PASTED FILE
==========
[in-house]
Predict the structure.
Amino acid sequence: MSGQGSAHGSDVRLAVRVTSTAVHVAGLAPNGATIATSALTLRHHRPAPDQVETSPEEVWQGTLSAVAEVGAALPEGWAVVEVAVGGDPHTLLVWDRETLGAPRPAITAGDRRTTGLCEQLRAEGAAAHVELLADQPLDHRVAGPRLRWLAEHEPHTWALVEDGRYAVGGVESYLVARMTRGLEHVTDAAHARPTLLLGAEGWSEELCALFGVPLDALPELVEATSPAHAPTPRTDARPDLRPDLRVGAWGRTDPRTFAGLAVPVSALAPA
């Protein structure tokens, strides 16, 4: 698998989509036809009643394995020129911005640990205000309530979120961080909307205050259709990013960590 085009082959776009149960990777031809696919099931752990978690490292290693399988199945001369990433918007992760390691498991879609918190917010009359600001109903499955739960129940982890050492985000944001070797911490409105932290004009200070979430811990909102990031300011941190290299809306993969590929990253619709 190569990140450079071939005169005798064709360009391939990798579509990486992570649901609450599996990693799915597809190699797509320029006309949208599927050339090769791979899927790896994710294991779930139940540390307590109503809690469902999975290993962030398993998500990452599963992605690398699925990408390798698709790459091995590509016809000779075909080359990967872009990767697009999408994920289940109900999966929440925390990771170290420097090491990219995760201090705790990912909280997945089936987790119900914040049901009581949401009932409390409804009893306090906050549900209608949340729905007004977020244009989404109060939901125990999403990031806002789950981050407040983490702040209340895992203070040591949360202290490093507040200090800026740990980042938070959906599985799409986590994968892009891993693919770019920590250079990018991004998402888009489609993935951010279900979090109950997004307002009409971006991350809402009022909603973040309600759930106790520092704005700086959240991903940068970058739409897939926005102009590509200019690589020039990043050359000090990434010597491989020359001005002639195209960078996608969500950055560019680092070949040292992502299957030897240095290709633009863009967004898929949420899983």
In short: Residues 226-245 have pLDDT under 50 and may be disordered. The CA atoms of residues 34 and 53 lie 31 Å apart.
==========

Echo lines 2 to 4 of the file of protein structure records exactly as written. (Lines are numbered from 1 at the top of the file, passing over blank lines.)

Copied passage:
Predict the structure.
Amino acid sequence: MSGQGSAHGSDVRLAVRVTSTAVHVAGLAPNGATIATSALTLRHHRPAPDQVETSPEEVWQGTLSAVAEVGAALPEGWAVVEVAVGGDPHTLLVWDRETLGAPRPAITAGDRRTTGLCEQLRAEGAAAHVELLADQPLDHRVAGPRLRWLAEHEPHTWALVEDGRYAVGGVESYLVARMTRGLEHVTDAAHARPTLLLGAEGWSEELCALFGVPLDALPELVEATSPAHAPTPRTDARPDLRPDLRVGAWGRTDPRTFAGLAVPVSALAPA
């Protein structure tokens, strides 16, 4: 698998989509036809009643394995020129911005640990205000309530979120961080909307205050259709990013960590 085009082959776009149960990777031809696919099931752990978690490292290693399988199945001369990433918007992760390691498991879609918190917010009359600001109903499955739960129940982890050492985000944001070797911490409105932290004009200070979430811990909102990031300011941190290299809306993969590929990253619709 190569990140450079071939005169005798064709360009391939990798579509990486992570649901609450599996990693799915597809190699797509320029006309949208599927050339090769791979899927790896994710294991779930139940540390307590109503809690469902999975290993962030398993998500990452599963992605690398699925990408390798698709790459091995590509016809000779075909080359990967872009990767697009999408994920289940109900999966929440925390990771170290420097090491990219995760201090705790990912909280997945089936987790119900914040049901009581949401009932409390409804009893306090906050549900209608949340729905007004977020244009989404109060939901125990999403990031806002789950981050407040983490702040209340895992203070040591949360202290490093507040200090800026740990980042938070959906599985799409986590994968892009891993693919770019920590250079990018991004998402888009489609993935951010279900979090109950997004307002009409971006991350809402009022909603973040309600759930106790520092704005700086959240991903940068970058739409897939926005102009590509200019690589020039990043050359000090990434010597491989020359001005002639195209960078996608969500950055560019680092070949040292992502299957030897240095290709633009863009967004898929949420899983």